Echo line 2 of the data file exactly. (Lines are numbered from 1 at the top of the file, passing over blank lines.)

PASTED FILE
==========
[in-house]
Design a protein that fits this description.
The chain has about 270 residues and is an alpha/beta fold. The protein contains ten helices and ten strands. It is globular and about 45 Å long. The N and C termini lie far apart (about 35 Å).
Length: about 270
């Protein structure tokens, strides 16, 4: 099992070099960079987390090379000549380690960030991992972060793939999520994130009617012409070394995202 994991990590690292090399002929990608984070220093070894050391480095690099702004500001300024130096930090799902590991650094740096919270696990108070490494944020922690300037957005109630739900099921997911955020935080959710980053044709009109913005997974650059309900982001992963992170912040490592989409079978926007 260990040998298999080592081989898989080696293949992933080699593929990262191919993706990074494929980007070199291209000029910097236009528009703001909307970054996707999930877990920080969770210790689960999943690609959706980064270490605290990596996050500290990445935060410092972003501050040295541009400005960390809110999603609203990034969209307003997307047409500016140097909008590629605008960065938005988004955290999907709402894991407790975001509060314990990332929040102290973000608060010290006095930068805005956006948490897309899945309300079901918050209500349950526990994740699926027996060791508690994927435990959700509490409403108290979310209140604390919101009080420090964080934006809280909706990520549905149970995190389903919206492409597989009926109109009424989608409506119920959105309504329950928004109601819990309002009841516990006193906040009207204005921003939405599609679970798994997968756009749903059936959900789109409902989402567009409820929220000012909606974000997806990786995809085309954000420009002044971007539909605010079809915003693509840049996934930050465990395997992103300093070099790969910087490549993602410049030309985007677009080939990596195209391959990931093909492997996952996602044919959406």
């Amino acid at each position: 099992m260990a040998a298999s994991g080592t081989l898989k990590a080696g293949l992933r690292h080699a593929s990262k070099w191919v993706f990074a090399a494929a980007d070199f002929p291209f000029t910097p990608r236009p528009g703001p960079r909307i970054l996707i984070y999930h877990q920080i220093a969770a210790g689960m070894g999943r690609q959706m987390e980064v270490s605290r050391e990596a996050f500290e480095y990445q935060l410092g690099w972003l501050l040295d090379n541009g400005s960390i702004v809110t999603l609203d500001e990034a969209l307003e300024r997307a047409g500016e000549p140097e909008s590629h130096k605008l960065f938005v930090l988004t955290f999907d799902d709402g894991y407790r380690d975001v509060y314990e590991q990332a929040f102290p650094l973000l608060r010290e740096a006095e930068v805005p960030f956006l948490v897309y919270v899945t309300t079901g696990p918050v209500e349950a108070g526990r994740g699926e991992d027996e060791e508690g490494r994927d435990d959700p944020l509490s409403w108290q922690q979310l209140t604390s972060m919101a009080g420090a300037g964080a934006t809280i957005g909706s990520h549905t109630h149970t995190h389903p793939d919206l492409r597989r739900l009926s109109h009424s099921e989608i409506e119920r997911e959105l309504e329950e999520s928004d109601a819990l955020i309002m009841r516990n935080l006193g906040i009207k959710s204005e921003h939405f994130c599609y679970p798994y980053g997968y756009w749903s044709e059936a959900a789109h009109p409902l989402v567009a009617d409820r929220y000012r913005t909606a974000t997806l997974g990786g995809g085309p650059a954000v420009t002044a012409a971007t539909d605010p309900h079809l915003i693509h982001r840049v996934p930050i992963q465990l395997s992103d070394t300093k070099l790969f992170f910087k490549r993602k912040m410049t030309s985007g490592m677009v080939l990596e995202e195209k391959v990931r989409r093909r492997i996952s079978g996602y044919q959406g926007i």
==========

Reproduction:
Design a protein that fits this description.